Trauma experts alarmed at recent rise in pediatric drownings

Children With Friends Enjoying Evening Swim In Countryside Lake

Emergency physicians and trauma specialists are extremely concerned about the alarming number of drowning victims — especially children — who are dying in area lakes and pools.

“When we experience extreme heat waves, more families seek relief in the water at beaches and pools,” explains emergency physician Ashley Strobel, MD. “While this may be an effective way to beat the heat, safety must remain the focus. It’s just heartbreaking to care for children who are brought in with this type of preventable trauma.”

Julie Philbrook, RN, Trauma Prevention Specialist at Hennepin Healthcare, agrees.

“As of June 14, there have been at least 25 fatal drownings reported in Minnesota so far in 2021. Five were children ranging  from age 4-12 years old. With the Independence Day holiday coming up and continued warm weather, we want to make sure that everyone is aware of how quickly this can happen – and how easily these tragedies can be entirely prevented.”

Their colleague, Ashley Bjorklund, MD, Medical Director of Pediatric Critical Care at Hennepin Healthcare, warns that “It’s so important to have a designated ‘watcher’ and to keep young children – especially any child under the age of 4 – at arm’s length of a supervising adult. Swim lessons and water safety education are a worthy investment. And if you have teenage babysitters, walking through the rules of kids and water with them is really, really essential.”

All three trauma experts weigh in with the following Consumer Product Safety Commission recommendations to help prevent both fatal and nonfatal drownings and keep children safer no matter where they are spending time around the water this summer:

  • Never leave a child unattended in or near water, and always designate an adult Water Watcher. This person should not be reading, texting, using a smartphone or be otherwise distracted. In addition to pools and spas, this warning includes bathtubs, buckets, decorative ponds, and fountains.
  • If you own a pool or spa, install layers of protection, including a four-sided fence with a self-closing, self-latching gate.
  • Learn how to perform CPR on children and adults. Many communities offer online CPR training.
  • Learn how to swim and enroll your child in swimming lessons.  Check with your city’s community education services for local swimming safety programs.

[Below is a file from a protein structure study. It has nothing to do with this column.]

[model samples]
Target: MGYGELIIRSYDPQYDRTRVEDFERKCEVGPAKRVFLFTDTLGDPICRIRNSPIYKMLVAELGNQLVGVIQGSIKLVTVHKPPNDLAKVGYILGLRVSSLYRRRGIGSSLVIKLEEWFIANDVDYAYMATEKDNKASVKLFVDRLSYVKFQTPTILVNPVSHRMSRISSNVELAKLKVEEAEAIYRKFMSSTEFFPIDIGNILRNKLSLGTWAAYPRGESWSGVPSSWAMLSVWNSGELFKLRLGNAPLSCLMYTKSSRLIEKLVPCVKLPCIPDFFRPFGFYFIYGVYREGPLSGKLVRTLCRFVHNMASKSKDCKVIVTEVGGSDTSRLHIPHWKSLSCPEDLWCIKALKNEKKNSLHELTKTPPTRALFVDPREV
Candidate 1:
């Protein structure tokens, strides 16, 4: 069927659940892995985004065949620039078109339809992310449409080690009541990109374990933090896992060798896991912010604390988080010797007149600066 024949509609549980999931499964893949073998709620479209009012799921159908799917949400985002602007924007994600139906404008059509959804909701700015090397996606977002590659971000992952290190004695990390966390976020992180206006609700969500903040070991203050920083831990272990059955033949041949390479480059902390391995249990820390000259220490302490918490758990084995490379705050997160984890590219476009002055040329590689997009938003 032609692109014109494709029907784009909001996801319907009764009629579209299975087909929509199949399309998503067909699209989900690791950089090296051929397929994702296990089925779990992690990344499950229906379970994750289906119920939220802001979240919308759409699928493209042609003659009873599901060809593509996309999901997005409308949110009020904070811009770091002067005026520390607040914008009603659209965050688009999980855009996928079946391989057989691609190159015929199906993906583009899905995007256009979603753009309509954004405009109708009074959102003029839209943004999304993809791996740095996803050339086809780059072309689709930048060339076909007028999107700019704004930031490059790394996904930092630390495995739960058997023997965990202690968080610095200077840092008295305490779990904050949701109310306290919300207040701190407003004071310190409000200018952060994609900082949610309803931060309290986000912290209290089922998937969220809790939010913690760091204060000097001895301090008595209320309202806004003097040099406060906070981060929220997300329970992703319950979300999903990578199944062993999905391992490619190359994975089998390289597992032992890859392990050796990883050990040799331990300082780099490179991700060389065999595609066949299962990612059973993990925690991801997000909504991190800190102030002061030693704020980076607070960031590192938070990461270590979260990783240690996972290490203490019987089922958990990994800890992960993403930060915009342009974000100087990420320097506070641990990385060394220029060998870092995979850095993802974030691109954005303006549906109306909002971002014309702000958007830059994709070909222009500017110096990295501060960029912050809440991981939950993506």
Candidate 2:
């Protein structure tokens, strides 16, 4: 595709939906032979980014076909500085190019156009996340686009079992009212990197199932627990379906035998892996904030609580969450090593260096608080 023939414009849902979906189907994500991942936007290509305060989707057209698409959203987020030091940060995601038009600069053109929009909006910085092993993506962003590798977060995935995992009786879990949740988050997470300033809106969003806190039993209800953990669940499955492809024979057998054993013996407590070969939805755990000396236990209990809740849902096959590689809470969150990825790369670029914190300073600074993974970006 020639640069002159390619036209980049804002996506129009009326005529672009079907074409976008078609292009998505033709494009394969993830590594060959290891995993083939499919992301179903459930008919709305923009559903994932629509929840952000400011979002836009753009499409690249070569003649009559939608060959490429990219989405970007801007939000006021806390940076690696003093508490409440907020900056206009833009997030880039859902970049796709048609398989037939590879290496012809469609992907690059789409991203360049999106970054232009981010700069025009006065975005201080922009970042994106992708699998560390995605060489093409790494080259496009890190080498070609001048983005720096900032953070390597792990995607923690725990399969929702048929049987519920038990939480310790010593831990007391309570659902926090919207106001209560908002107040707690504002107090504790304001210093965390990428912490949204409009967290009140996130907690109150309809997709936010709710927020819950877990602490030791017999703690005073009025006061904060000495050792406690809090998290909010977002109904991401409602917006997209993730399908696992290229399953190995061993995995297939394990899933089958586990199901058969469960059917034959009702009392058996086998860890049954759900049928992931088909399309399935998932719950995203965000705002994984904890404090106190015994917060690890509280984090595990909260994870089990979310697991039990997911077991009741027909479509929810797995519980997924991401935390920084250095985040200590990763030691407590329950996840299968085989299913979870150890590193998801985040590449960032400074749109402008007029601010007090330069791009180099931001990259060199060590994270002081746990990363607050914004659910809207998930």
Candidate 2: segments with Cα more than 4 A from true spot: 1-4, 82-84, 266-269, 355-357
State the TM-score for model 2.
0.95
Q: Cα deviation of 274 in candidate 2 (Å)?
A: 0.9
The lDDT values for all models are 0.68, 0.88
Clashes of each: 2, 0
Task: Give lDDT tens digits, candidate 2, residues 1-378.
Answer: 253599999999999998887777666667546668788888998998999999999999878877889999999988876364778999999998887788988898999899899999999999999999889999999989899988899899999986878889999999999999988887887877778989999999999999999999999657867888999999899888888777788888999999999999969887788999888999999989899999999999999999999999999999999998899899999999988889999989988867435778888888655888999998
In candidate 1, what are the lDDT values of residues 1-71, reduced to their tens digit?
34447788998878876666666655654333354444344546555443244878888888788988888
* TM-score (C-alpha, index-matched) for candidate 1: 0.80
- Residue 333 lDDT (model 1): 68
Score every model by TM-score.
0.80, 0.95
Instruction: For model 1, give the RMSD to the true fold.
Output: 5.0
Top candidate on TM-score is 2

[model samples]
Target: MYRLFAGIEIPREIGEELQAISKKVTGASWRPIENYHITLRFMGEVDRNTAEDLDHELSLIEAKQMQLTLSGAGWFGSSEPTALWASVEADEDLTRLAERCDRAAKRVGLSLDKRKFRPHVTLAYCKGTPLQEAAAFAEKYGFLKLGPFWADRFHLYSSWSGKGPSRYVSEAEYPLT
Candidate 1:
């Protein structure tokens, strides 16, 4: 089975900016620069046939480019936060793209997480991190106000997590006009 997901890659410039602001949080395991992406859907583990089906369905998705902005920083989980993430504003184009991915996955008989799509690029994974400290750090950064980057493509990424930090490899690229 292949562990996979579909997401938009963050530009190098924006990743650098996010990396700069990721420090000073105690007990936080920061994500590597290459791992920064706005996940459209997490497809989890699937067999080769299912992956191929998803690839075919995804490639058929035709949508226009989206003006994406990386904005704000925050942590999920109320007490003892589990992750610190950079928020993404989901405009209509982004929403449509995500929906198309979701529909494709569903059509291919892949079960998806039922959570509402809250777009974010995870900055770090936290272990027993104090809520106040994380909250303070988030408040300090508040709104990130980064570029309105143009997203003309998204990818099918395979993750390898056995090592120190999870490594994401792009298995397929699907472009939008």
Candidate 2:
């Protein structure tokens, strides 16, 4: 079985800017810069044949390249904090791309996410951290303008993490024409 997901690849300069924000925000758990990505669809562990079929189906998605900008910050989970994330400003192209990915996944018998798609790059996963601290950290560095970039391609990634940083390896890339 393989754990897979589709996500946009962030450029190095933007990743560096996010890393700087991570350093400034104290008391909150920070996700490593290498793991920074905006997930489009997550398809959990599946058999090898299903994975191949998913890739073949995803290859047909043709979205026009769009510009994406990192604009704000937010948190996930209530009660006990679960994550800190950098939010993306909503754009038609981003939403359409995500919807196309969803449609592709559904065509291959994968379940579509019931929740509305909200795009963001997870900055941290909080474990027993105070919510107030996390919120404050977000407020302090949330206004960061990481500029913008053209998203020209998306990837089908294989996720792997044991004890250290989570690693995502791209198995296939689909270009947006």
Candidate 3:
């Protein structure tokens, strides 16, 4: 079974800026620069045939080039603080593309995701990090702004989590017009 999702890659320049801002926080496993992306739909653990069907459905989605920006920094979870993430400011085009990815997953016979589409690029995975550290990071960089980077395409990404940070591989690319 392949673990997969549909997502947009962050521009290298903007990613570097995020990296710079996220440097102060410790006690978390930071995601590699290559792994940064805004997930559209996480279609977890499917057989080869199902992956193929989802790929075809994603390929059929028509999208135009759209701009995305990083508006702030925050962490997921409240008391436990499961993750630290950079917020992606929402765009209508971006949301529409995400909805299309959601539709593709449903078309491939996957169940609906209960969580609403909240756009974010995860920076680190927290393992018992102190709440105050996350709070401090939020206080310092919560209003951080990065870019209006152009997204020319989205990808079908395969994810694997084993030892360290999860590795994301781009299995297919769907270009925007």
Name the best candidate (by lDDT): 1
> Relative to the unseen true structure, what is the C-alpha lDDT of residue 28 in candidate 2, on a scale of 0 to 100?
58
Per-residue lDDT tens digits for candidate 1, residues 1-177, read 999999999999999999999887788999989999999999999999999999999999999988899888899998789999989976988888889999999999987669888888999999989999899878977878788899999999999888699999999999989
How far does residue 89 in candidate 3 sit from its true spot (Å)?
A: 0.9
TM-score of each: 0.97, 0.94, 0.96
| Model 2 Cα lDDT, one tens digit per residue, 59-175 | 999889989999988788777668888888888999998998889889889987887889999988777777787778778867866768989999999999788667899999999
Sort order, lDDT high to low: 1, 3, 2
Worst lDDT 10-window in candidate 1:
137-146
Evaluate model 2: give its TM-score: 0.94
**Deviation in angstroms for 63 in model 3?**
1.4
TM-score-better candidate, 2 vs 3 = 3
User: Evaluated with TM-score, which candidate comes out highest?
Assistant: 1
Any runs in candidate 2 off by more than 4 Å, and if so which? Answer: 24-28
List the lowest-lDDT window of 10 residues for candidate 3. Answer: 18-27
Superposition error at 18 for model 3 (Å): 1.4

• Do not rely on inflatable water wings to keep your child safe — they can give a false sense of security for both the child and caregiver.
  • Keep children away from pool drains, pipes and other openings to avoid entrapments.
  • Ensure any pool and spa you use has drain covers that comply with federal safety standards and if you do not know, ask your pool service provider about safer drain covers.
  • In a boat, children under 10 years old must wear a Coast Guard-approved life jacket, all others should consider wearing  one as well.

Here are some local resources:

For more information for swimming lessons through the city of Minneapolis click here.
For information on programs through the YWCA click here. 
For programs through the Hennepin County Sheriff’s Office click here.

Hennepin Healthcare is an integrated system of care that includes HCMC, a nationally recognized Level I Adult Trauma Center and Level I Pediatric Trauma Center and acute care hospital with the largest emergency department in Minnesota.

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Keeping your cool when it’s hot

Black woman portrait cooling off at home during summer heat

Heat waves can be tough for us Minnesotans — but we’re not alone, and we’re pretty resourceful when it comes to dealing with extreme temperatures. When those thermometers rise it’s not uncommon for even the hardiest folks lose their cool. Thankfully, there are ways to maintain a comfortable internal temperature AND keep calm, cool, and collected during hot weather.

“Extreme heat is hard on everyone, regardless of how resilient you are,” explains clinical health psychologist, Dr. Kristi White. “For people with certain mental health and medical concerns, extreme heat can take an even bigger toll. This can be due to certain medications and conditions that limit the body’s ability to temperature regulate.”

Extreme heat also has a disproportionate impact on the health and well-being of people who live in neighborhoods or work in places without shade, access to green space, or cooling spaces.

“Research has also shown that hotter temperatures are associated with poorer sleep, worsening mental health symptoms, and increased medical events,” said Dr. White. “With climate change contributing to worsening heat waves, we can expect that we will need to take steps to adapt and cope with these types of events going forward.”

Continue reading “Keeping your cool when it’s hot”